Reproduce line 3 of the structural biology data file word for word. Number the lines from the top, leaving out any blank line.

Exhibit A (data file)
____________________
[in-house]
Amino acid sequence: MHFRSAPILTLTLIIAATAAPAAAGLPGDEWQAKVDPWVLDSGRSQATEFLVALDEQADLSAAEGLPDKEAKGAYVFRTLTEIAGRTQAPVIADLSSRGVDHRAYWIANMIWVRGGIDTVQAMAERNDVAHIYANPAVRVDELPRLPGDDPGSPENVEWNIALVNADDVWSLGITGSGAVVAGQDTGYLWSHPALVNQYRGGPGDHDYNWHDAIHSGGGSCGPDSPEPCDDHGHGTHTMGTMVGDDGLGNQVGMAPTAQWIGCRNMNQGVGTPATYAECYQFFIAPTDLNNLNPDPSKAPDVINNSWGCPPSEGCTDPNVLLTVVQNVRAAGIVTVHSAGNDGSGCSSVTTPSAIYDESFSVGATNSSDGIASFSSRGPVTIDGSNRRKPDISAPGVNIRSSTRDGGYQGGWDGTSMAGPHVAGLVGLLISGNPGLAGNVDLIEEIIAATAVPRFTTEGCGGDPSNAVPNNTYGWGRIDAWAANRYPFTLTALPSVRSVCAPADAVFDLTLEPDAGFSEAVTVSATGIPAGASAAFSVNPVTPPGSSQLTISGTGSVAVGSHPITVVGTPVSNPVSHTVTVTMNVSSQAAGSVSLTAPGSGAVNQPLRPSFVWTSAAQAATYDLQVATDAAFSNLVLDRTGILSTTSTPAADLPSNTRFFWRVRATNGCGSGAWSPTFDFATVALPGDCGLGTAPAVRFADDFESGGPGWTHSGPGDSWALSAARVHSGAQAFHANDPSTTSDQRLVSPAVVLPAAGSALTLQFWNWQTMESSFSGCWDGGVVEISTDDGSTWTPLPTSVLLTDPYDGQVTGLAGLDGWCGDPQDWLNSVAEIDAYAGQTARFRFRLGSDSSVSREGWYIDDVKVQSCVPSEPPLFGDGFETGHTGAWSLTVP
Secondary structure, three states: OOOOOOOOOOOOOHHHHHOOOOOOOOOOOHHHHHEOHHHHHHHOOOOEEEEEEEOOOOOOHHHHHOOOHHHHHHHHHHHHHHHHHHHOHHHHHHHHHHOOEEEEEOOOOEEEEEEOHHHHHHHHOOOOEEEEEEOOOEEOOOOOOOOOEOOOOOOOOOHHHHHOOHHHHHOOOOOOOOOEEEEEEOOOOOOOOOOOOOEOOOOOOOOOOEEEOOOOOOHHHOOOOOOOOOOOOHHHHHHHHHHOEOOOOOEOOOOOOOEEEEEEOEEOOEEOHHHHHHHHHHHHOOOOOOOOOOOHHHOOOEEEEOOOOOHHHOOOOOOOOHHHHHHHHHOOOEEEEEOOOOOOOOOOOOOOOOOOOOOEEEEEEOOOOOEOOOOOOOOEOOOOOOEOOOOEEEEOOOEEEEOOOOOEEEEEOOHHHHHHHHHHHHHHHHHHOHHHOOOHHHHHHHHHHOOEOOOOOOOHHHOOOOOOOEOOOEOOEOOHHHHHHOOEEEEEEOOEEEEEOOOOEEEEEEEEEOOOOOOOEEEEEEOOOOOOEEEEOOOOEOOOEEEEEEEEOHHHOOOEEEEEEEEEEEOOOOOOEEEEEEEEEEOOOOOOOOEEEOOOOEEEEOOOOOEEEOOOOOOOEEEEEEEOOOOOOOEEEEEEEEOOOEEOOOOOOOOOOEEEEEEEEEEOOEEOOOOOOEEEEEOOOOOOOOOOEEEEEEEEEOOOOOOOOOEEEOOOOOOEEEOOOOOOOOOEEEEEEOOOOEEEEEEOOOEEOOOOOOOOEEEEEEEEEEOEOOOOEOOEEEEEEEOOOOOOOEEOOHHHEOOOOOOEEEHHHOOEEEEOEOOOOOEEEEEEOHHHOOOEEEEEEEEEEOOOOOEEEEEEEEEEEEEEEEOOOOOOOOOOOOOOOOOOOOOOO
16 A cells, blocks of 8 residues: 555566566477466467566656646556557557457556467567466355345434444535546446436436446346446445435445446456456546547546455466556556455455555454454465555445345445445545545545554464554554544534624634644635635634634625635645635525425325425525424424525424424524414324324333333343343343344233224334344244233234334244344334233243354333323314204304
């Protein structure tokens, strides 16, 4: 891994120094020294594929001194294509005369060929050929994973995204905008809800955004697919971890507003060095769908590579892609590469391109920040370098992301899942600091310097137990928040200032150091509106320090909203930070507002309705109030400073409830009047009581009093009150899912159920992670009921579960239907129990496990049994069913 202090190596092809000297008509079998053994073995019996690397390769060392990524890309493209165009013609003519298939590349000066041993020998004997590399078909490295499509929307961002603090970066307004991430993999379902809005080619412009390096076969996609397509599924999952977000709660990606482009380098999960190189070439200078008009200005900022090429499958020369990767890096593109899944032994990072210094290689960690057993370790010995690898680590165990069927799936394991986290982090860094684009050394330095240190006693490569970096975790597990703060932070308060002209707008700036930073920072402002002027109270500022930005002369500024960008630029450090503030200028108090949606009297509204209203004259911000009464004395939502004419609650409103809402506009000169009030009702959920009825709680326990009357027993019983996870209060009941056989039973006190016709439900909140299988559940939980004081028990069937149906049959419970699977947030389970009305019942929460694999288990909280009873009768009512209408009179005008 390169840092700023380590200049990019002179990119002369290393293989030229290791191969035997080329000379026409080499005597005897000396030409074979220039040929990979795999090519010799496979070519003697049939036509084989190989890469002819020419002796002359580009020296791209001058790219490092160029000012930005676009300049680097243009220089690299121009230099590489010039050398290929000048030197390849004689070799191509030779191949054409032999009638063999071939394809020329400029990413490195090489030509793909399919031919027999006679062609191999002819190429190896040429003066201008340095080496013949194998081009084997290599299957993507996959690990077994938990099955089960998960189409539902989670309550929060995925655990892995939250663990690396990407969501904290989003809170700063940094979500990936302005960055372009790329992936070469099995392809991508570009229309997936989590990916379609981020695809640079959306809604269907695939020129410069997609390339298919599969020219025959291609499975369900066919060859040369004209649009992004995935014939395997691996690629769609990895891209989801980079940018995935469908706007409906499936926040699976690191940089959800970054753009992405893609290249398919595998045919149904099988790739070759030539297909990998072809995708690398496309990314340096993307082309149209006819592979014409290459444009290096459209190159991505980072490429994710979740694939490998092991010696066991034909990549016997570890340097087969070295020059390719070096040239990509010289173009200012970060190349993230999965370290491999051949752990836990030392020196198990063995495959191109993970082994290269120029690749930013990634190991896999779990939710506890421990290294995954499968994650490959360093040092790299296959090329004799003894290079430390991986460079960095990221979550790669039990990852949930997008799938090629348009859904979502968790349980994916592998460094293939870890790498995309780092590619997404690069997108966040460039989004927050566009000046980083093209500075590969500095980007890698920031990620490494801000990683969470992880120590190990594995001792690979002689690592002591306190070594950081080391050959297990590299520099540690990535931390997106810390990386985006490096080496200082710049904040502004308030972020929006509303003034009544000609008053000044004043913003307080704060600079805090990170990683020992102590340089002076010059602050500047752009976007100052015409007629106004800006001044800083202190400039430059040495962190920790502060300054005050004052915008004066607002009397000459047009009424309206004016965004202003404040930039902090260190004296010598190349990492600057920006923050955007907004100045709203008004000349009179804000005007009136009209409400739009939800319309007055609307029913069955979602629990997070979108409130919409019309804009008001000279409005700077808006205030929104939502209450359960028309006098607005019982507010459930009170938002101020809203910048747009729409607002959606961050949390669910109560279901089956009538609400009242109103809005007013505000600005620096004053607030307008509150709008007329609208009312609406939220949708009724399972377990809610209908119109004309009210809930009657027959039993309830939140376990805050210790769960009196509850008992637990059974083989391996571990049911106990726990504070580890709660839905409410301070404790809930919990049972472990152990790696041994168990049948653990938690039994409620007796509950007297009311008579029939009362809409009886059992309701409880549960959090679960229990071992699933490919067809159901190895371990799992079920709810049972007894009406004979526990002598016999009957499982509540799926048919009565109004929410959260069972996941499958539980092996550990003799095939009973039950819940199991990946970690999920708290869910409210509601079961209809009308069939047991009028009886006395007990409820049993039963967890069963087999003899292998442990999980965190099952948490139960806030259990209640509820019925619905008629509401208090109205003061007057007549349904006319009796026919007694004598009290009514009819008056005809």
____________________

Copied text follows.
Secondary structure, three states: OOOOOOOOOOOOOHHHHHOOOOOOOOOOOHHHHHEOHHHHHHHOOOOEEEEEEEOOOOOOHHHHHOOOHHHHHHHHHHHHHHHHHHHOHHHHHHHHHHOOEEEEEOOOOEEEEEEOHHHHHHHHOOOOEEEEEEOOOEEOOOOOOOOOEOOOOOOOOOHHHHHOOHHHHHOOOOOOOOOEEEEEEOOOOOOOOOOOOOEOOOOOOOOOOEEEOOOOOOHHHOOOOOOOOOOOOHHHHHHHHHHOEOOOOOEOOOOOOOEEEEEEOEEOOEEOHHHHHHHHHHHHOOOOOOOOOOOHHHOOOEEEEOOOOOHHHOOOOOOOOHHHHHHHHHOOOEEEEEOOOOOOOOOOOOOOOOOOOOOEEEEEEOOOOOEOOOOOOOOEOOOOOOEOOOOEEEEOOOEEEEOOOOOEEEEEOOHHHHHHHHHHHHHHHHHHOHHHOOOHHHHHHHHHHOOEOOOOOOOHHHOOOOOOOEOOOEOOEOOHHHHHHOOEEEEEEOOEEEEEOOOOEEEEEEEEEOOOOOOOEEEEEEOOOOOOEEEEOOOOEOOOEEEEEEEEOHHHOOOEEEEEEEEEEEOOOOOOEEEEEEEEEEOOOOOOOOEEEOOOOEEEEOOOOOEEEOOOOOOOEEEEEEEOOOOOOOEEEEEEEEOOOEEOOOOOOOOOOEEEEEEEEEEOOEEOOOOOOEEEEEOOOOOOOOOOEEEEEEEEEOOOOOOOOOEEEOOOOOOEEEOOOOOOOOOEEEEEEOOOOEEEEEEOOOEEOOOOOOOOEEEEEEEEEEOEOOOOEOOEEEEEEEOOOOOOOEEOOHHHEOOOOOOEEEHHHOOEEEEOEOOOOOEEEEEEOHHHOOOEEEEEEEEEEOOOOOEEEEEEEEEEEEEEEEOOOOOOOOOOOOOOOOOOOOOOO